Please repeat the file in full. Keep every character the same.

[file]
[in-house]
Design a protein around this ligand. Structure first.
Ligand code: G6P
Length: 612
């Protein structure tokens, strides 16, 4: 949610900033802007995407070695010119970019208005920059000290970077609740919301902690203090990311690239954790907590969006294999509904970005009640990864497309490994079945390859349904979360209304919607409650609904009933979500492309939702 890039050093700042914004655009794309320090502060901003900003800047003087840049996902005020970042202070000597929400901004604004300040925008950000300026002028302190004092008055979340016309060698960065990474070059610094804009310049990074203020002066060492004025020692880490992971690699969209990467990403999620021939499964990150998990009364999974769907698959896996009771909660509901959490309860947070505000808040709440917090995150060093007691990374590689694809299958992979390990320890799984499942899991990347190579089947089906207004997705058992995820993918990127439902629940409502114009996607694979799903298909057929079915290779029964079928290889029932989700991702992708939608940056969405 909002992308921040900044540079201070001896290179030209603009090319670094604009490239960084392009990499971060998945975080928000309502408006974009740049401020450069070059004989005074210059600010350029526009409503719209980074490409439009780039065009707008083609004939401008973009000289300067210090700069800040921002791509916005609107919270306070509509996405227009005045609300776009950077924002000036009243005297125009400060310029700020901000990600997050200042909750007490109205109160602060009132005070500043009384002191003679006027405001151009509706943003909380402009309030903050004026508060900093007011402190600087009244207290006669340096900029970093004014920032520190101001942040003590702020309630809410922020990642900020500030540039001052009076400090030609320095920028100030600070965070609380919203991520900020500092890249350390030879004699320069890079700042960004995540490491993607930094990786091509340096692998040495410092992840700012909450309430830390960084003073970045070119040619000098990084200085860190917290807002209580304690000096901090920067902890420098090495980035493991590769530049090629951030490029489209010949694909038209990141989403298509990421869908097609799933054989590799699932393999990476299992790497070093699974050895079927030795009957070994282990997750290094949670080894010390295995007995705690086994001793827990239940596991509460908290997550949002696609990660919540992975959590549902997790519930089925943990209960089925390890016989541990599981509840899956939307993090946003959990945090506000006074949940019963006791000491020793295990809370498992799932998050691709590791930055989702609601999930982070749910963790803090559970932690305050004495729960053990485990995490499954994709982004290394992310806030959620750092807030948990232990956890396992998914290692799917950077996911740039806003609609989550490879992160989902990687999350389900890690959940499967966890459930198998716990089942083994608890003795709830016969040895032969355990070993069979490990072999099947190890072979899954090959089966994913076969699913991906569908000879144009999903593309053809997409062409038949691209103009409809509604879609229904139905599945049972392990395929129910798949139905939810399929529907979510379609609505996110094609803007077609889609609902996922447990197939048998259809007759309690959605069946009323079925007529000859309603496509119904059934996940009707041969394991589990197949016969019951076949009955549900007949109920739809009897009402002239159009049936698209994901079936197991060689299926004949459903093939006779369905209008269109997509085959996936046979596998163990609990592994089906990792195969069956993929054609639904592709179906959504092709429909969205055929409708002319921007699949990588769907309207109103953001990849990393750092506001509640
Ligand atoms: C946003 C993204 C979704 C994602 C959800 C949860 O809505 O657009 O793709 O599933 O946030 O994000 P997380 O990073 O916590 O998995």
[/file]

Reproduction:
[in-house]
Design a protein around this ligand. Structure first.
Ligand code: G6P
Length: 612
């Protein structure tokens, strides 16, 4: 949610900033802007995407070695010119970019208005920059000290970077609740919301902690203090990311690239954790907590969006294999509904970005009640990864497309490994079945390859349904979360209304919607409650609904009933979500492309939702 890039050093700042914004655009794309320090502060901003900003800047003087840049996902005020970042202070000597929400901004604004300040925008950000300026002028302190004092008055979340016309060698960065990474070059610094804009310049990074203020002066060492004025020692880490992971690699969209990467990403999620021939499964990150998990009364999974769907698959896996009771909660509901959490309860947070505000808040709440917090995150060093007691990374590689694809299958992979390990320890799984499942899991990347190579089947089906207004997705058992995820993918990127439902629940409502114009996607694979799903298909057929079915290779029964079928290889029932989700991702992708939608940056969405 909002992308921040900044540079201070001896290179030209603009090319670094604009490239960084392009990499971060998945975080928000309502408006974009740049401020450069070059004989005074210059600010350029526009409503719209980074490409439009780039065009707008083609004939401008973009000289300067210090700069800040921002791509916005609107919270306070509509996405227009005045609300776009950077924002000036009243005297125009400060310029700020901000990600997050200042909750007490109205109160602060009132005070500043009384002191003679006027405001151009509706943003909380402009309030903050004026508060900093007011402190600087009244207290006669340096900029970093004014920032520190101001942040003590702020309630809410922020990642900020500030540039001052009076400090030609320095920028100030600070965070609380919203991520900020500092890249350390030879004699320069890079700042960004995540490491993607930094990786091509340096692998040495410092992840700012909450309430830390960084003073970045070119040619000098990084200085860190917290807002209580304690000096901090920067902890420098090495980035493991590769530049090629951030490029489209010949694909038209990141989403298509990421869908097609799933054989590799699932393999990476299992790497070093699974050895079927030795009957070994282990997750290094949670080894010390295995007995705690086994001793827990239940596991509460908290997550949002696609990660919540992975959590549902997790519930089925943990209960089925390890016989541990599981509840899956939307993090946003959990945090506000006074949940019963006791000491020793295990809370498992799932998050691709590791930055989702609601999930982070749910963790803090559970932690305050004495729960053990485990995490499954994709982004290394992310806030959620750092807030948990232990956890396992998914290692799917950077996911740039806003609609989550490879992160989902990687999350389900890690959940499967966890459930198998716990089942083994608890003795709830016969040895032969355990070993069979490990072999099947190890072979899954090959089966994913076969699913991906569908000879144009999903593309053809997409062409038949691209103009409809509604879609229904139905599945049972392990395929129910798949139905939810399929529907979510379609609505996110094609803007077609889609609902996922447990197939048998259809007759309690959605069946009323079925007529000859309603496509119904059934996940009707041969394991589990197949016969019951076949009955549900007949109920739809009897009402002239159009049936698209994901079936197991060689299926004949459903093939006779369905209008269109997509085959996936046979596998163990609990592994089906990792195969069956993929054609639904592709179906959504092709429909969205055929409708002319921007699949990588769907309207109103953001990849990393750092506001509640
Ligand atoms: C946003 C993204 C979704 C994602 C959800 C949860 O809505 O657009 O793709 O599933 O946030 O994000 P997380 O990073 O916590 O998995």